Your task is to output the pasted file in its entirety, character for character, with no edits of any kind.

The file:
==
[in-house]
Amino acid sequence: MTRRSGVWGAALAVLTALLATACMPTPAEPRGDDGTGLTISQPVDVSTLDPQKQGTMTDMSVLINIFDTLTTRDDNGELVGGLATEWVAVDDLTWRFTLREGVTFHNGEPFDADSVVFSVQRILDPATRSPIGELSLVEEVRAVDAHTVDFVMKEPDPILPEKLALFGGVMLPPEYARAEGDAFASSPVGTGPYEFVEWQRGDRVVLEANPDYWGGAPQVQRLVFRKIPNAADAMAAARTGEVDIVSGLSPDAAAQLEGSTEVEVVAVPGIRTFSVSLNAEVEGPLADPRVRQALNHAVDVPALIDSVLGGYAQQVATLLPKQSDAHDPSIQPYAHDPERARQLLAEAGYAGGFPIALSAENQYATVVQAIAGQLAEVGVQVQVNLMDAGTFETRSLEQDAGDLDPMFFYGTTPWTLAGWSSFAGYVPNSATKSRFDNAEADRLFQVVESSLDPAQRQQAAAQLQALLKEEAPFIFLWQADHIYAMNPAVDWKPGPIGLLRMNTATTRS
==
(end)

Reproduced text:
[in-house]
Amino acid sequence: MTRRSGVWGAALAVLTALLATACMPTPAEPRGDDGTGLTISQPVDVSTLDPQKQGTMTDMSVLINIFDTLTTRDDNGELVGGLATEWVAVDDLTWRFTLREGVTFHNGEPFDADSVVFSVQRILDPATRSPIGELSLVEEVRAVDAHTVDFVMKEPDPILPEKLALFGGVMLPPEYARAEGDAFASSPVGTGPYEFVEWQRGDRVVLEANPDYWGGAPQVQRLVFRKIPNAADAMAAARTGEVDIVSGLSPDAAAQLEGSTEVEVVAVPGIRTFSVSLNAEVEGPLADPRVRQALNHAVDVPALIDSVLGGYAQQVATLLPKQSDAHDPSIQPYAHDPERARQLLAEAGYAGGFPIALSAENQYATVVQAIAGQLAEVGVQVQVNLMDAGTFETRSLEQDAGDLDPMFFYGTTPWTLAGWSSFAGYVPNSATKSRFDNAEADRLFQVVESSLDPAQRQQAAAQLQALLKEEAPFIFLWQADHIYAMNPAVDWKPGPIGLLRMNTATTRS